President Johnson's broad initiative included several major new national efforts, including health insurance for the elderly and poor, education across all levels, job trainin, and expanded safety net protections for the poor. "One of the book’s key messages is that the War on Poverty was much broader in its programs and policies than what you might hear from its critics," says Danziger. "Because of this breadth, millions of low-income, elderly, and disabled Americans have benefited and continue to benefit today from the billions of dollars spent on these programs each year."
The War on Poverty opened up federal aid to preschool children, public schools, and low-income college students while also expanding food stamps and launching new job training programs and public housing initiatives. Says Danziger, "Most importantly, Medicare expanded health coverage for the elderly and Medicaid expanded coverage for the poor. These legacies of the War on Poverty are evident in our safety net today, even though no President since Johnson has made fighting poverty his top domestic priority."
Through the process of pulling the book together, Danziger found that the War on Poverty's assault on racial discrimination often went unrecognized. "It's clear that racial segregation and discrimination are lower today because of it," says Danzinger. "In addition to persuading Congress to pass the 1964 Civil Rights Act and the 1965 Voting Rights Act, the Johnson administration used the threat of withholding federal funds to accelerate the desegregation of schools, hospitals, community boards, and neighborhood programs." The new grants helped bolster the administration's threats to withhold funding if there was failure to comply with the Civil Rights Act.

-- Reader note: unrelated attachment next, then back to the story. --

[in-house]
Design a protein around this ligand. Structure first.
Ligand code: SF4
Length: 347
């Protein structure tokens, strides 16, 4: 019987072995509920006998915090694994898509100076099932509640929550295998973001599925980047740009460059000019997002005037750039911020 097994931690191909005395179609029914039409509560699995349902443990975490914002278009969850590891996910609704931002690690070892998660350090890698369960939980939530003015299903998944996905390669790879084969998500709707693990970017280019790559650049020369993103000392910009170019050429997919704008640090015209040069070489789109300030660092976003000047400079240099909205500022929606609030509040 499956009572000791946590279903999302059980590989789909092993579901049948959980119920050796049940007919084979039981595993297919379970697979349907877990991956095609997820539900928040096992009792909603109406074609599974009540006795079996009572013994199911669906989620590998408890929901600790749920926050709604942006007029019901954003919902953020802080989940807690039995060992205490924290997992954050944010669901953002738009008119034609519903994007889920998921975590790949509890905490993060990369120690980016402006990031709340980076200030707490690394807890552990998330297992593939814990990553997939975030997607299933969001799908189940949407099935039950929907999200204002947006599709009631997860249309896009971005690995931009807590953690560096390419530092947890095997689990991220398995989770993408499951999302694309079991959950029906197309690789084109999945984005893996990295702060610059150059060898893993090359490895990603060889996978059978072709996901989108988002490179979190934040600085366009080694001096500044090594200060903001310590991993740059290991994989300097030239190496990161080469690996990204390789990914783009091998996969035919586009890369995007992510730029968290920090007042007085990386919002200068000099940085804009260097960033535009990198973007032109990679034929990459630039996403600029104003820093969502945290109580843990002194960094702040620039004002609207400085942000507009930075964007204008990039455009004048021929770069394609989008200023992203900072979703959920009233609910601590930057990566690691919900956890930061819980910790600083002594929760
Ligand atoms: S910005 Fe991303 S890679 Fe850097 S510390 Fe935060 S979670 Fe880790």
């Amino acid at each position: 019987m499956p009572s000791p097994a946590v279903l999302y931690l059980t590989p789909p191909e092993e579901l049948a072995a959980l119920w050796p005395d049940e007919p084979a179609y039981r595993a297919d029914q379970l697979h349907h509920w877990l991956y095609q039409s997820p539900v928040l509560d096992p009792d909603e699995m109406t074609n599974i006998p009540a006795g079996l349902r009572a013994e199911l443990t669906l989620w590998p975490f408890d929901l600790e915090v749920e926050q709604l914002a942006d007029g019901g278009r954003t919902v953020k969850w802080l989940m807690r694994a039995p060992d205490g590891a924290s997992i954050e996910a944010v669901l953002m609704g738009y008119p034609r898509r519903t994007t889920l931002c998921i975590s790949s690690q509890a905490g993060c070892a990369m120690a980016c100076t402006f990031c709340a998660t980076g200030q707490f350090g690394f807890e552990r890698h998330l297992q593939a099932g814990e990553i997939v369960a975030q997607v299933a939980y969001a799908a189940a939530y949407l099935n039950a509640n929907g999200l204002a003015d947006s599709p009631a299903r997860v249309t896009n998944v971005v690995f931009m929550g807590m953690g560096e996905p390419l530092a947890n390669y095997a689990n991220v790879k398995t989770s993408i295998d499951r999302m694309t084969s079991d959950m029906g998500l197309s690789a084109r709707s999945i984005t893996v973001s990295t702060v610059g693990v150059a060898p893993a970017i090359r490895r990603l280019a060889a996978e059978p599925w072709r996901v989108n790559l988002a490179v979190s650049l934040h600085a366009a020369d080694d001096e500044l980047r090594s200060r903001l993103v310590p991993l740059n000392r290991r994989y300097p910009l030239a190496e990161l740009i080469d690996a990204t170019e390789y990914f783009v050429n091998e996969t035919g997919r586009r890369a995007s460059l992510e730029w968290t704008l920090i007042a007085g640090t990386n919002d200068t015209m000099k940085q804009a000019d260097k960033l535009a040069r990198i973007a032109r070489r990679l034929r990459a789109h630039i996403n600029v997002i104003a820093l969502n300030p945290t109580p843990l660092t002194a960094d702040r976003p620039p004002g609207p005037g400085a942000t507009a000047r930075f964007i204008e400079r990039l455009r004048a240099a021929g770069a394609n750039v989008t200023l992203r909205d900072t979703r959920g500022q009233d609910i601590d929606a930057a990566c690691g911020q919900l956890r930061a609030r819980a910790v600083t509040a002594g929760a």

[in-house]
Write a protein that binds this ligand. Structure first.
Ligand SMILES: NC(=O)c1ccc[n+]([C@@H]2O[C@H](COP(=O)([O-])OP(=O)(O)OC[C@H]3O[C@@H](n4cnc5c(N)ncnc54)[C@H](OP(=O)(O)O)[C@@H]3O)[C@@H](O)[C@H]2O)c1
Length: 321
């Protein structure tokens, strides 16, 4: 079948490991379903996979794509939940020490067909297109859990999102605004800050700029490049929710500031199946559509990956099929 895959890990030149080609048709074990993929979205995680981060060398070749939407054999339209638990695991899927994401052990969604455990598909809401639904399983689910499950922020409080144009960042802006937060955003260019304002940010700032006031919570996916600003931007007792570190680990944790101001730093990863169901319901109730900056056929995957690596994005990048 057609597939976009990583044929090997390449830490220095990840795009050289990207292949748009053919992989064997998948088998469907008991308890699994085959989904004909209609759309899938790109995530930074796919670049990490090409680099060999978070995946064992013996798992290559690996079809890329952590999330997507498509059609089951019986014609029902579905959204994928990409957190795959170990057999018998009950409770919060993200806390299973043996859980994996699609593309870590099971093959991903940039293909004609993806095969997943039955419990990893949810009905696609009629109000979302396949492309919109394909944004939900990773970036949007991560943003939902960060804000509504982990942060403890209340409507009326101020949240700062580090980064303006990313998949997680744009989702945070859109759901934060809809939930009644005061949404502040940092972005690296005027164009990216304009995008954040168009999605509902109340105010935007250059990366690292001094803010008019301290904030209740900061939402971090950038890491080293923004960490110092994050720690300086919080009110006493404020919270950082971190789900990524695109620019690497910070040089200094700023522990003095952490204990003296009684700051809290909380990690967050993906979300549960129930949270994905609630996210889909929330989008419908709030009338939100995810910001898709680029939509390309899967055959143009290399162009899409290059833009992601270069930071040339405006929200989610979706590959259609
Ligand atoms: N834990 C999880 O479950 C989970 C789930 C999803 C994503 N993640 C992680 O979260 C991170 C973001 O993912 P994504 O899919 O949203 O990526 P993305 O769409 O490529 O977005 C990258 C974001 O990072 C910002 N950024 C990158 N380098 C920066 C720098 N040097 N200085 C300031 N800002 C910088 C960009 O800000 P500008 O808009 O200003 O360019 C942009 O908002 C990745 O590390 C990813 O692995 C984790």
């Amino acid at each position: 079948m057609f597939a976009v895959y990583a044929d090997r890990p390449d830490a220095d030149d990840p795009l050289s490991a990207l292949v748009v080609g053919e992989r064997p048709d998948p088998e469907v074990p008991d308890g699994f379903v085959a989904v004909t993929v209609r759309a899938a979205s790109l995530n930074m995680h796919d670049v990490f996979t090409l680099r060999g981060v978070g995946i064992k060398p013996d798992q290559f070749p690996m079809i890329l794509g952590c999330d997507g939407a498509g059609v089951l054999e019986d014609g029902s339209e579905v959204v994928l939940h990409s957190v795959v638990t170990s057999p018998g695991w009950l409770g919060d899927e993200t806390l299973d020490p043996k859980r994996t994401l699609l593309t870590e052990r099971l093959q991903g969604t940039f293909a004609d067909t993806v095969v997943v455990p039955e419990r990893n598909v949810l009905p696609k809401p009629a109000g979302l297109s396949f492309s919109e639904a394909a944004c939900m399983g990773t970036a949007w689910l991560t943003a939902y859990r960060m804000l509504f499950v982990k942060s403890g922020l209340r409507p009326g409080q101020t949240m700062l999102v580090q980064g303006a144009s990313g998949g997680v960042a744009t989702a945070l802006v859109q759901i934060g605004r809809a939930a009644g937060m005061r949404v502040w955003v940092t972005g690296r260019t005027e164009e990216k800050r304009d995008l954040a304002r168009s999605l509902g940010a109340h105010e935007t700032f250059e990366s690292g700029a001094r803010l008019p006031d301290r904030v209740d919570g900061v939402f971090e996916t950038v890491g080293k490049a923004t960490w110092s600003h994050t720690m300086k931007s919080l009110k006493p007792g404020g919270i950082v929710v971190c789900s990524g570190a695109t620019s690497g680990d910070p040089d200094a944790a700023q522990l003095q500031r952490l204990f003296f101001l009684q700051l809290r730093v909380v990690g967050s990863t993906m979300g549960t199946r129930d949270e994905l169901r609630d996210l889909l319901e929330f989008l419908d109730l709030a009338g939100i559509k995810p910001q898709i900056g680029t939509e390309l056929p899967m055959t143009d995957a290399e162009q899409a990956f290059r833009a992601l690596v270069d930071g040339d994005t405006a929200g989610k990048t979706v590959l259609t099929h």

"The co-occurrence of high poverty rates and high federal spending on safety net programs fuels charges that the War on Poverty has failed. But, as we teach our students over and over again--correlation is NOT causation," says Danziger. Throughout the book, many programs are noted to have delivered significant benefits, showing that federal spending has reduced poverty and aided the disadvantaged. As a result, it's kept poverty from being even higher than it currently is.
So why does poverty remain so high today? Danziger notes that the architects of the War on Poverty could not have anticipated the dramatic changes to the U.S. economy after the early 1970s. These changes ruptured the link between economic growth and poverty reduction. "Put simply, poverty is high primarily because 'a rising tide no longer lifts all boats,'" says Danziger. "Economic growth is necessary to reduce poverty; but economic growth on its own no longer trickles down to the poor or even to many in the middle class. Four decades of wage stagnation for male workers without a college degree have generated increased market poverty rates; the expanded safety net has had to worker harder just to keep poverty from being even higher."
Overall, Legacies of the War on Poverty demonstrates that well-designed government programs are capable of reducing poverty, racial discrimination, and material hardships. The collected work refutes the oft-believed pessimism about the effects of social policies and introduces new lessons about what policymakers can do to improve the lives of the poor.